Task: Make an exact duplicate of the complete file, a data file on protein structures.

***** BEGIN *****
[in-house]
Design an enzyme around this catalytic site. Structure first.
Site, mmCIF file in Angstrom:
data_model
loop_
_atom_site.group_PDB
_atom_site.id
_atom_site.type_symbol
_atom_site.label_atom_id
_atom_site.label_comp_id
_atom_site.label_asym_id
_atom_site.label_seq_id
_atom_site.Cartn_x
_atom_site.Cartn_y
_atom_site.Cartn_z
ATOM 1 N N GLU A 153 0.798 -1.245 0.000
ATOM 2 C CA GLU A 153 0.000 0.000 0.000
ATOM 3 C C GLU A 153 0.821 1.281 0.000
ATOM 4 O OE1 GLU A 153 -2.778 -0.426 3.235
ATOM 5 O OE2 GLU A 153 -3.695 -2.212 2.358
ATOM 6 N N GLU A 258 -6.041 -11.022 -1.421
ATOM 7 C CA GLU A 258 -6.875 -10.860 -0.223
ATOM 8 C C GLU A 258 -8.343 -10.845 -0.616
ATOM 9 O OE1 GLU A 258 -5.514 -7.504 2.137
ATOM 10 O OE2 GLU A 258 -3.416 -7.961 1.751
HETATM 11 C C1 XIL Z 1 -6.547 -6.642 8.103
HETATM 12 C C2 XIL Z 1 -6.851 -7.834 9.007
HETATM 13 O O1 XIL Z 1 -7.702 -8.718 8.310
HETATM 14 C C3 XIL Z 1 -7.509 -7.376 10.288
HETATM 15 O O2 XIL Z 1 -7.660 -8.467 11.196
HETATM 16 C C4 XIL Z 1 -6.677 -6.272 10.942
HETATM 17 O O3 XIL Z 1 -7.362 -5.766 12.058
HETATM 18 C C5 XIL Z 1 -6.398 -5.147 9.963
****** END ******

[in-house]
Design an enzyme around this catalytic site. Structure first.
Site, mmCIF file in Angstrom:
data_model
loop_
_atom_site.group_PDB
_atom_site.id
_atom_site.type_symbol
_atom_site.label_atom_id
_atom_site.label_comp_id
_atom_site.label_asym_id
_atom_site.label_seq_id
_atom_site.Cartn_x
_atom_site.Cartn_y
_atom_site.Cartn_z
ATOM 1 N N GLU A 153 0.798 -1.245 0.000
ATOM 2 C CA GLU A 153 0.000 0.000 0.000
ATOM 3 C C GLU A 153 0.821 1.281 0.000
ATOM 4 O OE1 GLU A 153 -2.778 -0.426 3.235
ATOM 5 O OE2 GLU A 153 -3.695 -2.212 2.358
ATOM 6 N N GLU A 258 -6.041 -11.022 -1.421
ATOM 7 C CA GLU A 258 -6.875 -10.860 -0.223
ATOM 8 C C GLU A 258 -8.343 -10.845 -0.616
ATOM 9 O OE1 GLU A 258 -5.514 -7.504 2.137
ATOM 10 O OE2 GLU A 258 -3.416 -7.961 1.751
HETATM 11 C C1 XIL Z 1 -6.547 -6.642 8.103
HETATM 12 C C2 XIL Z 1 -6.851 -7.834 9.007
HETATM 13 O O1 XIL Z 1 -7.702 -8.718 8.310
HETATM 14 C C3 XIL Z 1 -7.509 -7.376 10.288
HETATM 15 O O2 XIL Z 1 -7.660 -8.467 11.196
HETATM 16 C C4 XIL Z 1 -6.677 -6.272 10.942
HETATM 17 O O3 XIL Z 1 -7.362 -5.766 12.058
HETATM 18 C C5 XIL Z 1 -6.398 -5.147 9.963